It often happens that the programmer wants to present a dialog where the individual fields of the dialog depend on one another. For example, consider a spreadsheet with seven columns representing the days of a week. Each column is headed with that day's date. If the user inputs the date of any single day, the other dates can be computed from that single piece of input.
If you build CLIM dialogs using accepting-values , you can achieve this effect by using the :resynchronize-every-pass argument to accepting-values in conjunction with the :default argument to accept . There are three points to remember:
The entire body of the accepting-values runs each time the user modifies any field. The body can be made to run an extra time by specifying :resynchronize-every-pass t . Code in the body may be used to enforce constraints among values.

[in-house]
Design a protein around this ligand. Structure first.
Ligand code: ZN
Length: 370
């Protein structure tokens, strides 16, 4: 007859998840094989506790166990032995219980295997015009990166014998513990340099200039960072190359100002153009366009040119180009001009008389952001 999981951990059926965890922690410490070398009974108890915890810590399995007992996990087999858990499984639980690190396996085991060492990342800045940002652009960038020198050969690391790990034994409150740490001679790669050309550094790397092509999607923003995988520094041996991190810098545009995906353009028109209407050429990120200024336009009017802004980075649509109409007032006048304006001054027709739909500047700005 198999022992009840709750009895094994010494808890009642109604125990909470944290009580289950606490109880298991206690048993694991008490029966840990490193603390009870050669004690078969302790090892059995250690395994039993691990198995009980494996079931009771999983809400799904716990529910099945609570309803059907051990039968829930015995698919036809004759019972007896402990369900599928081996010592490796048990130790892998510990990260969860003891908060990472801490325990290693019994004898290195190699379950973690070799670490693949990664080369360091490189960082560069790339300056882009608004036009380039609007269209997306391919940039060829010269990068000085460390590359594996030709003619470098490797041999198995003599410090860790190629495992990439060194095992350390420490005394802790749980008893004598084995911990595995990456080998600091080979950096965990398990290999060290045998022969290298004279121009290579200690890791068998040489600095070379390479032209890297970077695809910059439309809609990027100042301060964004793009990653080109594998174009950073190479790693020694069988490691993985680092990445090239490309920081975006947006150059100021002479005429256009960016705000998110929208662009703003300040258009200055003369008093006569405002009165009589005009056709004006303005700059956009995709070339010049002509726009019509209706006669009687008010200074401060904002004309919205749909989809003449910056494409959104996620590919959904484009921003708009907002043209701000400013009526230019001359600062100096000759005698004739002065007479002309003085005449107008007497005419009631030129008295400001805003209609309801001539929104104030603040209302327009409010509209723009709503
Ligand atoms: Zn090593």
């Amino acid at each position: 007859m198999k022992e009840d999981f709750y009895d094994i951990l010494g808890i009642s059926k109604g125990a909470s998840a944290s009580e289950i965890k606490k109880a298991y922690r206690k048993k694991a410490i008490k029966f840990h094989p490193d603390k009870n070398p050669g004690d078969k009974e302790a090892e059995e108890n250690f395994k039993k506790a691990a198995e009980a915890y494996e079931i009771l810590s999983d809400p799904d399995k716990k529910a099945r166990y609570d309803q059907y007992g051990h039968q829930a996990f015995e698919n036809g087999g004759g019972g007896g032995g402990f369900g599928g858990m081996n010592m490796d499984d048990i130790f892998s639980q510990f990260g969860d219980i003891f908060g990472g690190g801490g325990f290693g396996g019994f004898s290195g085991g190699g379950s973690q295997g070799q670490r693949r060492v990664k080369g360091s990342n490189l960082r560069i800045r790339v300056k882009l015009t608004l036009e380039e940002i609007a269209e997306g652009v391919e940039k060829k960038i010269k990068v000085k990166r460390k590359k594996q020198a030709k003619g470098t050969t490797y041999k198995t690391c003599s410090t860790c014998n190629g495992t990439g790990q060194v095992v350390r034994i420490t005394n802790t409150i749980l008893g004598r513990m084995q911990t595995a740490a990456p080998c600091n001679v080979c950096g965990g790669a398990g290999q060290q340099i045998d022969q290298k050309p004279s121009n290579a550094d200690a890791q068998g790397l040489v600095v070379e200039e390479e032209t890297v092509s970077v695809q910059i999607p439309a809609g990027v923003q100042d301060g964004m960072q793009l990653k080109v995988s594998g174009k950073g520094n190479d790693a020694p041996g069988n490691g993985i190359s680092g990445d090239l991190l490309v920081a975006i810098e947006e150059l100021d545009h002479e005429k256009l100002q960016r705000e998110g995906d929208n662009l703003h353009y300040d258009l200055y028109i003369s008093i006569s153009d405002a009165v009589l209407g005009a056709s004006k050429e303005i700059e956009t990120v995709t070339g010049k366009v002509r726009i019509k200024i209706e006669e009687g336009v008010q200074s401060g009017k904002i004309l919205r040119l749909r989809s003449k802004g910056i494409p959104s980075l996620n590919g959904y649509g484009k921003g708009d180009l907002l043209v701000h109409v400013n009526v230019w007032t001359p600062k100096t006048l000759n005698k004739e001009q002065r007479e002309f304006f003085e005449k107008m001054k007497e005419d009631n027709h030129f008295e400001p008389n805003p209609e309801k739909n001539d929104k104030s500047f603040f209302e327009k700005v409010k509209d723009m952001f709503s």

If the :default argument to accept is used, then every time that call to accept is run, it will pick up the new value of the default.
Inside accepting-values , accept returns a third value, a boolean that indicates whether the returned value is the result of new input by the user or is just the previously supplied default.
In this example we show a dialog that accepts two real numbers, delimiting an interval on the real line. The two values are labelled
, but we wish to allow the user to supply a
that is greater than the
, and automatically exchange the values rather than signalling an error.
(defun accepting-interval (&key (min -1.0) (max 1.0)
(clim:accepting-values (stream :resynchronize-every-pass t)
'clim:real :default min
:prompt "Min" :stream stream))
'clim:real :default max
:prompt "Max" :stream stream))
(when (< max min)
(rotatef min max)))
(values min max))
(You may want to try this example after dropping the :resynchronize-every-pass and see the behavior. Without :resynchronize-every-pass , the constraint is still enforced, but the display lags behind the values and doesn't reflect the updated values immediately.)
Common Lisp Interface Manager 2.0 User's Guide - 20 Sep 2011